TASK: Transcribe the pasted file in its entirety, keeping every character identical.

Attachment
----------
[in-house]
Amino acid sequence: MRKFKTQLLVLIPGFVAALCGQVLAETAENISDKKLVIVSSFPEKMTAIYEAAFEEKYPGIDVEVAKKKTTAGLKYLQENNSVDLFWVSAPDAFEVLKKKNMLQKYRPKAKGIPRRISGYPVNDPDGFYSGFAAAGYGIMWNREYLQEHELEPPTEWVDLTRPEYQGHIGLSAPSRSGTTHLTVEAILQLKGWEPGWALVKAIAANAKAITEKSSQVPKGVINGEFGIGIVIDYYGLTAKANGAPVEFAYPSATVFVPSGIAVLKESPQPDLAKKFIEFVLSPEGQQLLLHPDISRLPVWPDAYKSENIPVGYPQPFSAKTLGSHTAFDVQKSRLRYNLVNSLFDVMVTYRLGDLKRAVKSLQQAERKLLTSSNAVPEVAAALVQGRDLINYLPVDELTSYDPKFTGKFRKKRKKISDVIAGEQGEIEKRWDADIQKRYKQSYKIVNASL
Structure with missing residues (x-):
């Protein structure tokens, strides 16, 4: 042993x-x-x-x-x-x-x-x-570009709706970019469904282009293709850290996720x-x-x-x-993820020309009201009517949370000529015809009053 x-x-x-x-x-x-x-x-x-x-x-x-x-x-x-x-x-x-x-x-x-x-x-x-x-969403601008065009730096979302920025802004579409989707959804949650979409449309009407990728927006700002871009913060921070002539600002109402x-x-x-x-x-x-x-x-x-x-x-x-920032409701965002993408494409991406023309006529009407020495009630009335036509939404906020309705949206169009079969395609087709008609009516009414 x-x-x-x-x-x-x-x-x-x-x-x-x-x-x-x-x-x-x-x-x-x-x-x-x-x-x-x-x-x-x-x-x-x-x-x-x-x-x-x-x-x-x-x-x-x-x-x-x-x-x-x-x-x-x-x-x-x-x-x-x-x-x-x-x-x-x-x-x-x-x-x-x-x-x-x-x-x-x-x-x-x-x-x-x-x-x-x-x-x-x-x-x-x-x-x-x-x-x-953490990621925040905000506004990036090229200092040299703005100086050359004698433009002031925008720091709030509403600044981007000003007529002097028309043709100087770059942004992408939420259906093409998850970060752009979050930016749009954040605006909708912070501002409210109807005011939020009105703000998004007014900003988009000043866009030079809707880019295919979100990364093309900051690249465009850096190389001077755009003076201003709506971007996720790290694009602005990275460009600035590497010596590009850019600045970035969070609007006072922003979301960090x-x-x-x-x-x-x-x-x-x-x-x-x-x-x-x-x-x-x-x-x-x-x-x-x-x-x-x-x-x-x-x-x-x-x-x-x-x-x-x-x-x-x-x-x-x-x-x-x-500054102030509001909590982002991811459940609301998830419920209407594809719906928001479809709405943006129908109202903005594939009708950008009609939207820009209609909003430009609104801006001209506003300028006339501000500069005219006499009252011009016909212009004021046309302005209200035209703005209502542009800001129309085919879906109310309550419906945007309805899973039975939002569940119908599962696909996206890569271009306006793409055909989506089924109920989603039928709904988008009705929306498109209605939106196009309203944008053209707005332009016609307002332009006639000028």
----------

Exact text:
[in-house]
Amino acid sequence: MRKFKTQLLVLIPGFVAALCGQVLAETAENISDKKLVIVSSFPEKMTAIYEAAFEEKYPGIDVEVAKKKTTAGLKYLQENNSVDLFWVSAPDAFEVLKKKNMLQKYRPKAKGIPRRISGYPVNDPDGFYSGFAAAGYGIMWNREYLQEHELEPPTEWVDLTRPEYQGHIGLSAPSRSGTTHLTVEAILQLKGWEPGWALVKAIAANAKAITEKSSQVPKGVINGEFGIGIVIDYYGLTAKANGAPVEFAYPSATVFVPSGIAVLKESPQPDLAKKFIEFVLSPEGQQLLLHPDISRLPVWPDAYKSENIPVGYPQPFSAKTLGSHTAFDVQKSRLRYNLVNSLFDVMVTYRLGDLKRAVKSLQQAERKLLTSSNAVPEVAAALVQGRDLINYLPVDELTSYDPKFTGKFRKKRKKISDVIAGEQGEIEKRWDADIQKRYKQSYKIVNASL
Structure with missing residues (x-):
């Protein structure tokens, strides 16, 4: 042993x-x-x-x-x-x-x-x-570009709706970019469904282009293709850290996720x-x-x-x-993820020309009201009517949370000529015809009053 x-x-x-x-x-x-x-x-x-x-x-x-x-x-x-x-x-x-x-x-x-x-x-x-x-969403601008065009730096979302920025802004579409989707959804949650979409449309009407990728927006700002871009913060921070002539600002109402x-x-x-x-x-x-x-x-x-x-x-x-920032409701965002993408494409991406023309006529009407020495009630009335036509939404906020309705949206169009079969395609087709008609009516009414 x-x-x-x-x-x-x-x-x-x-x-x-x-x-x-x-x-x-x-x-x-x-x-x-x-x-x-x-x-x-x-x-x-x-x-x-x-x-x-x-x-x-x-x-x-x-x-x-x-x-x-x-x-x-x-x-x-x-x-x-x-x-x-x-x-x-x-x-x-x-x-x-x-x-x-x-x-x-x-x-x-x-x-x-x-x-x-x-x-x-x-x-x-x-x-x-x-x-x-953490990621925040905000506004990036090229200092040299703005100086050359004698433009002031925008720091709030509403600044981007000003007529002097028309043709100087770059942004992408939420259906093409998850970060752009979050930016749009954040605006909708912070501002409210109807005011939020009105703000998004007014900003988009000043866009030079809707880019295919979100990364093309900051690249465009850096190389001077755009003076201003709506971007996720790290694009602005990275460009600035590497010596590009850019600045970035969070609007006072922003979301960090x-x-x-x-x-x-x-x-x-x-x-x-x-x-x-x-x-x-x-x-x-x-x-x-x-x-x-x-x-x-x-x-x-x-x-x-x-x-x-x-x-x-x-x-x-x-x-x-x-500054102030509001909590982002991811459940609301998830419920209407594809719906928001479809709405943006129908109202903005594939009708950008009609939207820009209609909003430009609104801006001209506003300028006339501000500069005219006499009252011009016909212009004021046309302005209200035209703005209502542009800001129309085919879906109310309550419906945007309805899973039975939002569940119908599962696909996206890569271009306006793409055909989506089924109920989603039928709904988008009705929306498109209605939106196009309203944008053209707005332009016609307002332009006639000028």